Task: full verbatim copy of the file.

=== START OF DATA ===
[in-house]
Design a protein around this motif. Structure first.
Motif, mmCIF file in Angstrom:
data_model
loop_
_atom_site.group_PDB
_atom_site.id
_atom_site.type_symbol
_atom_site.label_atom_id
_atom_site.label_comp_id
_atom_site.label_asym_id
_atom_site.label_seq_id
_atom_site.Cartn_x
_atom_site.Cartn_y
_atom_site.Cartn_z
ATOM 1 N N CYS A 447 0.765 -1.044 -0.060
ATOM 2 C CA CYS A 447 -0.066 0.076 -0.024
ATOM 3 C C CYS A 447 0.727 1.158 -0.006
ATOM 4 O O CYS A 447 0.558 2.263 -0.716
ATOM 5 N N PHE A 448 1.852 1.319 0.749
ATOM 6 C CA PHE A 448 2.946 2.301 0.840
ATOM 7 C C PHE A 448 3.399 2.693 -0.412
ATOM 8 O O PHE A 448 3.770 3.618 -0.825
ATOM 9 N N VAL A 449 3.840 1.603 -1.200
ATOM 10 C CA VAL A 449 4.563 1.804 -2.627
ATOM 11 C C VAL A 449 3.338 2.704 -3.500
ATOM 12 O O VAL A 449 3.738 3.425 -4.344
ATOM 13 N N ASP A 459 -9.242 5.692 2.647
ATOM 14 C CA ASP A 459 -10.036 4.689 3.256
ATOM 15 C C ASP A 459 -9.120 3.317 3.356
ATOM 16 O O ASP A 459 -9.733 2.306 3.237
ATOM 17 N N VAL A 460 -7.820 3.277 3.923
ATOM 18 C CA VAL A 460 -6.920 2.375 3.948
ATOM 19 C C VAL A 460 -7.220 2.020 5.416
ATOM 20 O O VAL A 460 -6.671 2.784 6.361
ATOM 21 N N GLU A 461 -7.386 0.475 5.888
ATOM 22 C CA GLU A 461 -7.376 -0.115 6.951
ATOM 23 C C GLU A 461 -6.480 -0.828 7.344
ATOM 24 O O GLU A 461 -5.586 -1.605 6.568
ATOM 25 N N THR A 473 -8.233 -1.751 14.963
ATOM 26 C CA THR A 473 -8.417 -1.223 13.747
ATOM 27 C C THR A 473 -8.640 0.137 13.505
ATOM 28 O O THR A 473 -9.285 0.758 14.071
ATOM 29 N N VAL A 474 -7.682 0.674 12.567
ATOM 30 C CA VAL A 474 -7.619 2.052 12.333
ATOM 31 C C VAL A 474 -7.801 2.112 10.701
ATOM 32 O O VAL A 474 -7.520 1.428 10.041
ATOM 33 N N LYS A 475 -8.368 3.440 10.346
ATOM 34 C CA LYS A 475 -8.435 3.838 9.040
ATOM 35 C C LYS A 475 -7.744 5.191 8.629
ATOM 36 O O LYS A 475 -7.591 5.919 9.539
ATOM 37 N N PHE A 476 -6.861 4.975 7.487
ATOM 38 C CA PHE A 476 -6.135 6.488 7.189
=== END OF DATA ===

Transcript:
[in-house]
Design a protein around this motif. Structure first.
Motif, mmCIF file in Angstrom:
data_model
loop_
_atom_site.group_PDB
_atom_site.id
_atom_site.type_symbol
_atom_site.label_atom_id
_atom_site.label_comp_id
_atom_site.label_asym_id
_atom_site.label_seq_id
_atom_site.Cartn_x
_atom_site.Cartn_y
_atom_site.Cartn_z
ATOM 1 N N CYS A 447 0.765 -1.044 -0.060
ATOM 2 C CA CYS A 447 -0.066 0.076 -0.024
ATOM 3 C C CYS A 447 0.727 1.158 -0.006
ATOM 4 O O CYS A 447 0.558 2.263 -0.716
ATOM 5 N N PHE A 448 1.852 1.319 0.749
ATOM 6 C CA PHE A 448 2.946 2.301 0.840
ATOM 7 C C PHE A 448 3.399 2.693 -0.412
ATOM 8 O O PHE A 448 3.770 3.618 -0.825
ATOM 9 N N VAL A 449 3.840 1.603 -1.200
ATOM 10 C CA VAL A 449 4.563 1.804 -2.627
ATOM 11 C C VAL A 449 3.338 2.704 -3.500
ATOM 12 O O VAL A 449 3.738 3.425 -4.344
ATOM 13 N N ASP A 459 -9.242 5.692 2.647
ATOM 14 C CA ASP A 459 -10.036 4.689 3.256
ATOM 15 C C ASP A 459 -9.120 3.317 3.356
ATOM 16 O O ASP A 459 -9.733 2.306 3.237
ATOM 17 N N VAL A 460 -7.820 3.277 3.923
ATOM 18 C CA VAL A 460 -6.920 2.375 3.948
ATOM 19 C C VAL A 460 -7.220 2.020 5.416
ATOM 20 O O VAL A 460 -6.671 2.784 6.361
ATOM 21 N N GLU A 461 -7.386 0.475 5.888
ATOM 22 C CA GLU A 461 -7.376 -0.115 6.951
ATOM 23 C C GLU A 461 -6.480 -0.828 7.344
ATOM 24 O O GLU A 461 -5.586 -1.605 6.568
ATOM 25 N N THR A 473 -8.233 -1.751 14.963
ATOM 26 C CA THR A 473 -8.417 -1.223 13.747
ATOM 27 C C THR A 473 -8.640 0.137 13.505
ATOM 28 O O THR A 473 -9.285 0.758 14.071
ATOM 29 N N VAL A 474 -7.682 0.674 12.567
ATOM 30 C CA VAL A 474 -7.619 2.052 12.333
ATOM 31 C C VAL A 474 -7.801 2.112 10.701
ATOM 32 O O VAL A 474 -7.520 1.428 10.041
ATOM 33 N N LYS A 475 -8.368 3.440 10.346
ATOM 34 C CA LYS A 475 -8.435 3.838 9.040
ATOM 35 C C LYS A 475 -7.744 5.191 8.629
ATOM 36 O O LYS A 475 -7.591 5.919 9.539
ATOM 37 N N PHE A 476 -6.861 4.975 7.487
ATOM 38 C CA PHE A 476 -6.135 6.488 7.189